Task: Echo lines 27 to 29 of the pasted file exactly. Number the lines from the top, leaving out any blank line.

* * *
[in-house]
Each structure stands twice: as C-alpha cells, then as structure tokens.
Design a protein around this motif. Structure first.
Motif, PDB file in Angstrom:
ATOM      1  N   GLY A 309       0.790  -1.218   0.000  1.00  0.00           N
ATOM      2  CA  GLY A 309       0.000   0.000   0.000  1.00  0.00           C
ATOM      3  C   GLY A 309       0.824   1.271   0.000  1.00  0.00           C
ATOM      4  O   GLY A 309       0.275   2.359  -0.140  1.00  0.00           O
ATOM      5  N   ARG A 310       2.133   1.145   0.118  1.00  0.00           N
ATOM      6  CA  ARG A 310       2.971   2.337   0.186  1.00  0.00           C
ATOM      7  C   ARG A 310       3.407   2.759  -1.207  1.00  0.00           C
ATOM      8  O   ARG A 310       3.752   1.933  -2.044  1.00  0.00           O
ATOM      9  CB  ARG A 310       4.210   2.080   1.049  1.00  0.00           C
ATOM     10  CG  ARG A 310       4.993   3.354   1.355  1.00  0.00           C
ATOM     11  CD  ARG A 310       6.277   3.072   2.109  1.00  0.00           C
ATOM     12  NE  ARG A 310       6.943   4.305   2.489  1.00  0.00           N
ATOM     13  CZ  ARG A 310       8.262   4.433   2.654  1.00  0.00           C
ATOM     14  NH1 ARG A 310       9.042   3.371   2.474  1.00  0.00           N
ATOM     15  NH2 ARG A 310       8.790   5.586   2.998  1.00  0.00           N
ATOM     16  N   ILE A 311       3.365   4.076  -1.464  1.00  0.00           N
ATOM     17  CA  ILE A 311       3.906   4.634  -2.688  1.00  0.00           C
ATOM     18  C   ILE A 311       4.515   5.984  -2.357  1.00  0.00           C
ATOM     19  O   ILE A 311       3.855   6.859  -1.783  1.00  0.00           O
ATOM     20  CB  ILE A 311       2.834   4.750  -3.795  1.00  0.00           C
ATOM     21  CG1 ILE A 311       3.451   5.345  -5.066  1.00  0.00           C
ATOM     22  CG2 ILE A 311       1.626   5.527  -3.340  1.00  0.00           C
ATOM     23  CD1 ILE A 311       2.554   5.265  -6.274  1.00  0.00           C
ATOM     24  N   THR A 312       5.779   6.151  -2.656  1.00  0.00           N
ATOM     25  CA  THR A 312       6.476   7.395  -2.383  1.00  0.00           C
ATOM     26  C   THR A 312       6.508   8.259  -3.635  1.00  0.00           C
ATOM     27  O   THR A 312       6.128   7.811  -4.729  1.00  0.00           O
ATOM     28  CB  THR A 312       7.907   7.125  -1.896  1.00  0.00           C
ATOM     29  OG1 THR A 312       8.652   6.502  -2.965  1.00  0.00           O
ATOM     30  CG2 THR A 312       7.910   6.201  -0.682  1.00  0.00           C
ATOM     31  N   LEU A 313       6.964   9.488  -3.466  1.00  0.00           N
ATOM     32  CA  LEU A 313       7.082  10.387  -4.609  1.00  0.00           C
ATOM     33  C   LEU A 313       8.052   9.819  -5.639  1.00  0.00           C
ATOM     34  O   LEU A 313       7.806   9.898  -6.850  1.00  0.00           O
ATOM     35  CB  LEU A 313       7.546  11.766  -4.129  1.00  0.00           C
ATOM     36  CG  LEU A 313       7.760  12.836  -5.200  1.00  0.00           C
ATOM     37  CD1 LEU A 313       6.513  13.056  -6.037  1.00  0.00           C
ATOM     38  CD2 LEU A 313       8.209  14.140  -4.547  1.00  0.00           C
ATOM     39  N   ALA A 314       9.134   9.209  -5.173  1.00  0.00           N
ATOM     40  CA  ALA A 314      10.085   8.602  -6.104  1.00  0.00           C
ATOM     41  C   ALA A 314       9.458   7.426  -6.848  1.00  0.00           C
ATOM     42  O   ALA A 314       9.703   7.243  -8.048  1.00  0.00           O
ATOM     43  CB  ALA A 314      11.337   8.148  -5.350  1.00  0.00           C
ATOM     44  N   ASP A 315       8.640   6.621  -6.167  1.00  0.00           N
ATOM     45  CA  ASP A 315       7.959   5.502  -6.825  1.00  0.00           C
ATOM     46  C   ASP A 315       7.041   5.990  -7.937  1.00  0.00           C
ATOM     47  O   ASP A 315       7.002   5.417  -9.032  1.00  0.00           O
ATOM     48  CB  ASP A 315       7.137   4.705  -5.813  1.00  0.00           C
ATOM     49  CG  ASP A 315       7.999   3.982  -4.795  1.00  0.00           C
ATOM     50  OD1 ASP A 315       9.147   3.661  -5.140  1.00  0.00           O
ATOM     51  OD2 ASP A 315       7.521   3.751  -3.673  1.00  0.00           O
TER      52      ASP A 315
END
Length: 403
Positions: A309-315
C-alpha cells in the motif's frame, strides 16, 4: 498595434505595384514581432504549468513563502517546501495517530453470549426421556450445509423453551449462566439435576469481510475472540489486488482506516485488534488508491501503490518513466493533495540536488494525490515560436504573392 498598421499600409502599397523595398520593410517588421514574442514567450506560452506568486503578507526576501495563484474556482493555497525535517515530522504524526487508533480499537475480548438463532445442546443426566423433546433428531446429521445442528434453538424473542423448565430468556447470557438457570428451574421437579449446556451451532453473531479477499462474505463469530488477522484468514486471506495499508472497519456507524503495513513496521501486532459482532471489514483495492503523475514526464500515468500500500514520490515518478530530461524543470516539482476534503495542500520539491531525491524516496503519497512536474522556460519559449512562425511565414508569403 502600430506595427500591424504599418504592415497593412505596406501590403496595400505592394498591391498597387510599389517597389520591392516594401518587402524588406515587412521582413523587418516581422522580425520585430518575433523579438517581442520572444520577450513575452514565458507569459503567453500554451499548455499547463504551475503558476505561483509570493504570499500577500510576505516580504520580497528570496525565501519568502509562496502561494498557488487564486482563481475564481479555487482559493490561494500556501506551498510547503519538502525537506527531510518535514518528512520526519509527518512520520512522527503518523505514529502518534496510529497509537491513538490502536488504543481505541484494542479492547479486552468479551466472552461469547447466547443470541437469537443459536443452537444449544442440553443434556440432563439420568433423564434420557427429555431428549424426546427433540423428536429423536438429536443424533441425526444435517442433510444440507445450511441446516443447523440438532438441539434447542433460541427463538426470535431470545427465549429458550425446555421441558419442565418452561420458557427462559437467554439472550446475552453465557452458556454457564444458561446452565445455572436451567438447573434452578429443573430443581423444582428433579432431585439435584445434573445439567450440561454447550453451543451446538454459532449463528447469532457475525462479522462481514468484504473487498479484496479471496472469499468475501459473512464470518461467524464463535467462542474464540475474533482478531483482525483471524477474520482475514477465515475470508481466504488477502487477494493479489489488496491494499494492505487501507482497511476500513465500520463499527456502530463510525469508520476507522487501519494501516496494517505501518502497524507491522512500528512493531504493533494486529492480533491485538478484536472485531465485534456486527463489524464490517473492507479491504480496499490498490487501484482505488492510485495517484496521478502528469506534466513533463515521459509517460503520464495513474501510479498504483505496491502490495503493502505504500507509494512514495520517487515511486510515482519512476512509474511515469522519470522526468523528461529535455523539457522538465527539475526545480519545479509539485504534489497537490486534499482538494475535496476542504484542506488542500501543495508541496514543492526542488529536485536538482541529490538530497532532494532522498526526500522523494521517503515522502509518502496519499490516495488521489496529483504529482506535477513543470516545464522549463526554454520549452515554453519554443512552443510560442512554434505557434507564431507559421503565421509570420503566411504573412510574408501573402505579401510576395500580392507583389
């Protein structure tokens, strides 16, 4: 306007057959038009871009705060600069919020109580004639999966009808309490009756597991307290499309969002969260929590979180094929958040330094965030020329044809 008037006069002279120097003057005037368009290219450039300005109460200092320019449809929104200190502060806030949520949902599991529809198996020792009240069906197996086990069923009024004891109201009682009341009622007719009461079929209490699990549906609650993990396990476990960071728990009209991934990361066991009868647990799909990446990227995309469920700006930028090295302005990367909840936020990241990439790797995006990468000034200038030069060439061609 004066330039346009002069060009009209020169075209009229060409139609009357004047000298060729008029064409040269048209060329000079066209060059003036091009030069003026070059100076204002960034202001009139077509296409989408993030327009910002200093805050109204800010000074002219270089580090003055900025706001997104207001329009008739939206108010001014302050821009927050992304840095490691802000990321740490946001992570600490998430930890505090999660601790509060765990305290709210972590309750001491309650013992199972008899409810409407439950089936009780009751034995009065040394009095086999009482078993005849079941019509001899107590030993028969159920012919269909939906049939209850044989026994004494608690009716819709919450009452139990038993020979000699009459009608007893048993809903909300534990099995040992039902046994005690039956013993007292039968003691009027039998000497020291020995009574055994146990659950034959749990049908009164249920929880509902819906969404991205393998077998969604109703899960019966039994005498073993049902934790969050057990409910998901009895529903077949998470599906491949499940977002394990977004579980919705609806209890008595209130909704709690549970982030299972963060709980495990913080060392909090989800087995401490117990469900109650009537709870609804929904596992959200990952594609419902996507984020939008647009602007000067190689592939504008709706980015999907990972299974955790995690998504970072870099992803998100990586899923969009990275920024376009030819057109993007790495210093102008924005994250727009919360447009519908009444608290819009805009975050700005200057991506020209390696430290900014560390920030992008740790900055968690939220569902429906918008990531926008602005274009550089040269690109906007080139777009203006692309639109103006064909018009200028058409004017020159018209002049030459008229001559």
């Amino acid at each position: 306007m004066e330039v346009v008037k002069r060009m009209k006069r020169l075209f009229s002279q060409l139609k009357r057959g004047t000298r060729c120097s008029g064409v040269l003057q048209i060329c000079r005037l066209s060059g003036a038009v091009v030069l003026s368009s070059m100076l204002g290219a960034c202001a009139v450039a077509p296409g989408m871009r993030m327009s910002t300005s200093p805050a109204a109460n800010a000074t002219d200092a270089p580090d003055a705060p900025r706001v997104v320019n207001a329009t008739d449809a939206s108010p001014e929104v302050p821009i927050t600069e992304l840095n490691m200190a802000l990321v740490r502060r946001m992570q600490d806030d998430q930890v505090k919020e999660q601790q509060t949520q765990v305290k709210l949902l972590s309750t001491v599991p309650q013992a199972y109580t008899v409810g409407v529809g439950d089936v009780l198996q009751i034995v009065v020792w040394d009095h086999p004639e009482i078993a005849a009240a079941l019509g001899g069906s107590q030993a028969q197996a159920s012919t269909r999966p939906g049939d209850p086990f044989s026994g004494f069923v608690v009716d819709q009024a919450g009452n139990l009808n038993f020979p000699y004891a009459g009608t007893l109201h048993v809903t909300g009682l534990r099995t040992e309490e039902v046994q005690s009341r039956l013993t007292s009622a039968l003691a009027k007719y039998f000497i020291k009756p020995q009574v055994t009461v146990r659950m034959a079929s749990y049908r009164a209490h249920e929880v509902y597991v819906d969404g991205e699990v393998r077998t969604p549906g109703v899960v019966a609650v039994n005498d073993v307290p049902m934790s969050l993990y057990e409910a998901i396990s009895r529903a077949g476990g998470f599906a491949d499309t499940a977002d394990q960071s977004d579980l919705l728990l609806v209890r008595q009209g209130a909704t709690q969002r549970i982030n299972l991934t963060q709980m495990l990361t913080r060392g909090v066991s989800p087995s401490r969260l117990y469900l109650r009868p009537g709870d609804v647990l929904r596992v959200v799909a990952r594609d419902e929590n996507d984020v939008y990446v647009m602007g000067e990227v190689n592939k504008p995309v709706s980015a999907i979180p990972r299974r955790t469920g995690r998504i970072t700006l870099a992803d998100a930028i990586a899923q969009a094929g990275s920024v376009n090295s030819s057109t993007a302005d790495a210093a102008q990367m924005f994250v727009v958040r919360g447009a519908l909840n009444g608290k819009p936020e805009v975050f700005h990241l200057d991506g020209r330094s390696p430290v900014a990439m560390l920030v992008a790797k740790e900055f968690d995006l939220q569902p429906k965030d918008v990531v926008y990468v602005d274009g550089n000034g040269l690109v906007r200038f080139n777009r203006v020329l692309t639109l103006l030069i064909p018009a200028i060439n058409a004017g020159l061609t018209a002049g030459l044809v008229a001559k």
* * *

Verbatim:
ATOM     23  CD1 ILE A 311       2.554   5.265  -6.274  1.00  0.00           C
ATOM     24  N   THR A 312       5.779   6.151  -2.656  1.00  0.00           N
ATOM     25  CA  THR A 312       6.476   7.395  -2.383  1.00  0.00           C